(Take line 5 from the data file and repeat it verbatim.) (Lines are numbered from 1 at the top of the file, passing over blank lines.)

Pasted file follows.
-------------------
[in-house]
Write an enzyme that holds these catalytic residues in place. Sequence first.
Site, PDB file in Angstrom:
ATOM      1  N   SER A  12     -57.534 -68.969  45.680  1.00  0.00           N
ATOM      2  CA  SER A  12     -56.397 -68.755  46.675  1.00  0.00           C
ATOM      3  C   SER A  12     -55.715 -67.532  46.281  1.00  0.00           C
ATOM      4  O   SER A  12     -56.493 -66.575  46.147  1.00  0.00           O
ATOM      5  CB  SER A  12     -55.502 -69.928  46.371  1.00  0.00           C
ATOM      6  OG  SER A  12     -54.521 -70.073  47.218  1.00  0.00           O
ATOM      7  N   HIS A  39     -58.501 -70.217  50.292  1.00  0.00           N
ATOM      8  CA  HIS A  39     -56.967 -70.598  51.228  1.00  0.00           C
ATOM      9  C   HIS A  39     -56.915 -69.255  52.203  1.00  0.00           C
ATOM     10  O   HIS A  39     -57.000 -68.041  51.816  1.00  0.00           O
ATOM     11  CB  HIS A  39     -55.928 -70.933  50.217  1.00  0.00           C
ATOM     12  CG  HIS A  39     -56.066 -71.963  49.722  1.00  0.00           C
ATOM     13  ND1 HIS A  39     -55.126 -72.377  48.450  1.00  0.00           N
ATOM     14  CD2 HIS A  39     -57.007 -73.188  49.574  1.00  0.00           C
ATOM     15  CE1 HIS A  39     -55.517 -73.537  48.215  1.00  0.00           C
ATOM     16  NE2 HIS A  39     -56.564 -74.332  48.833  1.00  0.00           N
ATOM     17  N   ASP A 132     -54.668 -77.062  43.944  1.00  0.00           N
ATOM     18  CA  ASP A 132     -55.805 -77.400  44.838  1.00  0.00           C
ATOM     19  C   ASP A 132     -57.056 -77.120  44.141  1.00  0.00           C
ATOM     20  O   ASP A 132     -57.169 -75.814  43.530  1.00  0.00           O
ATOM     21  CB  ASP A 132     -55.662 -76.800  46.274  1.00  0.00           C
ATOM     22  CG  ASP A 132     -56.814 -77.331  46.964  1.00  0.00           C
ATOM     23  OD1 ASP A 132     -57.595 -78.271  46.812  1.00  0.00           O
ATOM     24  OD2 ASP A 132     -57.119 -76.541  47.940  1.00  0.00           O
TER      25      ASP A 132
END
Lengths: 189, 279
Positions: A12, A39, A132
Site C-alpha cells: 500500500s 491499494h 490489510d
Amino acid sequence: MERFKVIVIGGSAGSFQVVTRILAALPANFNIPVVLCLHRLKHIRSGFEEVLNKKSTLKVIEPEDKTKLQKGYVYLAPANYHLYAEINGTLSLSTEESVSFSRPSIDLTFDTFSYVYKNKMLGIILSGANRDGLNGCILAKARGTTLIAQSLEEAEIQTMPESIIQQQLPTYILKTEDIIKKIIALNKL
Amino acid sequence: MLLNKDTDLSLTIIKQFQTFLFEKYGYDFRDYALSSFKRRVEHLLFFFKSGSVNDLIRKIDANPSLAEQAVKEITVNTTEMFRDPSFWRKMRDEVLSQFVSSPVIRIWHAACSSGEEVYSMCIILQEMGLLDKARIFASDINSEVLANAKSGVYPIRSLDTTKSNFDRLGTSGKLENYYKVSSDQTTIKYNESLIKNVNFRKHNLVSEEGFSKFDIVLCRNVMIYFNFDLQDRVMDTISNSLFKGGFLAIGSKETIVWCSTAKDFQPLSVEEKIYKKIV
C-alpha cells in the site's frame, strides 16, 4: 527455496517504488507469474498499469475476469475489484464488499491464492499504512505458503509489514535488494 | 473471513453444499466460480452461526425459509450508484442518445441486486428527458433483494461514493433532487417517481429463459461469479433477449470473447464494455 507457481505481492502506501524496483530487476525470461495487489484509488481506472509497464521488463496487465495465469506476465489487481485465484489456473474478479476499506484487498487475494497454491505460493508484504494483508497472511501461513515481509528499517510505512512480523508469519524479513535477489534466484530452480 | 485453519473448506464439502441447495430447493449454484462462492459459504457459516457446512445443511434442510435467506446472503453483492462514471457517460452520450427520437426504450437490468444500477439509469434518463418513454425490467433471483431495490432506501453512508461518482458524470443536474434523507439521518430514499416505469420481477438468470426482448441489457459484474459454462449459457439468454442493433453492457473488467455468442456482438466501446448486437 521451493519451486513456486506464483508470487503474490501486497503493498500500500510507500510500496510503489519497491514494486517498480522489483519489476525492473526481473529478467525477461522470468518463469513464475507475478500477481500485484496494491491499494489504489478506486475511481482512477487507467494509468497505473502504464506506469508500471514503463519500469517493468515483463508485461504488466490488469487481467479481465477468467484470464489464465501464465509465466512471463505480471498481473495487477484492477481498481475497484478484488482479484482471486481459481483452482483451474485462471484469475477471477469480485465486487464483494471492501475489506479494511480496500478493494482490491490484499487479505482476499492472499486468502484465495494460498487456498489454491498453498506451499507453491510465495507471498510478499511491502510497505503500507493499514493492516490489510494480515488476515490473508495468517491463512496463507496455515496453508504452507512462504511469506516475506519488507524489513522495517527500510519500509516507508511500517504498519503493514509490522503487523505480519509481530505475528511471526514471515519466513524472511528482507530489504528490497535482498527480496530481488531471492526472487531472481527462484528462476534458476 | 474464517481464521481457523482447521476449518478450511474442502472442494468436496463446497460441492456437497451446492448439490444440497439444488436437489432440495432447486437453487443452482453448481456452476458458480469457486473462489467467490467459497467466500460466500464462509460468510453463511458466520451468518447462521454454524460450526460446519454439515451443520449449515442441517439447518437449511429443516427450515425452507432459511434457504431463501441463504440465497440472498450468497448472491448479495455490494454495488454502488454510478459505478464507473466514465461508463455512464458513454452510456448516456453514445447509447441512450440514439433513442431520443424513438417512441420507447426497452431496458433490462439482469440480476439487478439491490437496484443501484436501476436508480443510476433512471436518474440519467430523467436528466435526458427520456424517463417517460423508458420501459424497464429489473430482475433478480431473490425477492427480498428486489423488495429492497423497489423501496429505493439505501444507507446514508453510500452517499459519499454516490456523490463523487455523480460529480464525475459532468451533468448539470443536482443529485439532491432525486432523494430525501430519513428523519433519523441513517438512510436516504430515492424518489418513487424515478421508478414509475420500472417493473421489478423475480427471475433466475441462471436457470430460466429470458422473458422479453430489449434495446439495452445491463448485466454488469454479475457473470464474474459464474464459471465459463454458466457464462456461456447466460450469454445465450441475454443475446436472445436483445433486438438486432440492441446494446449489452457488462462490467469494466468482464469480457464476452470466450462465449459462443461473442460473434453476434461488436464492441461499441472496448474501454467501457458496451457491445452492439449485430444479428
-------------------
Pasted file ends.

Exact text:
ATOM      2  CA  SER A  12     -56.397 -68.755  46.675  1.00  0.00           C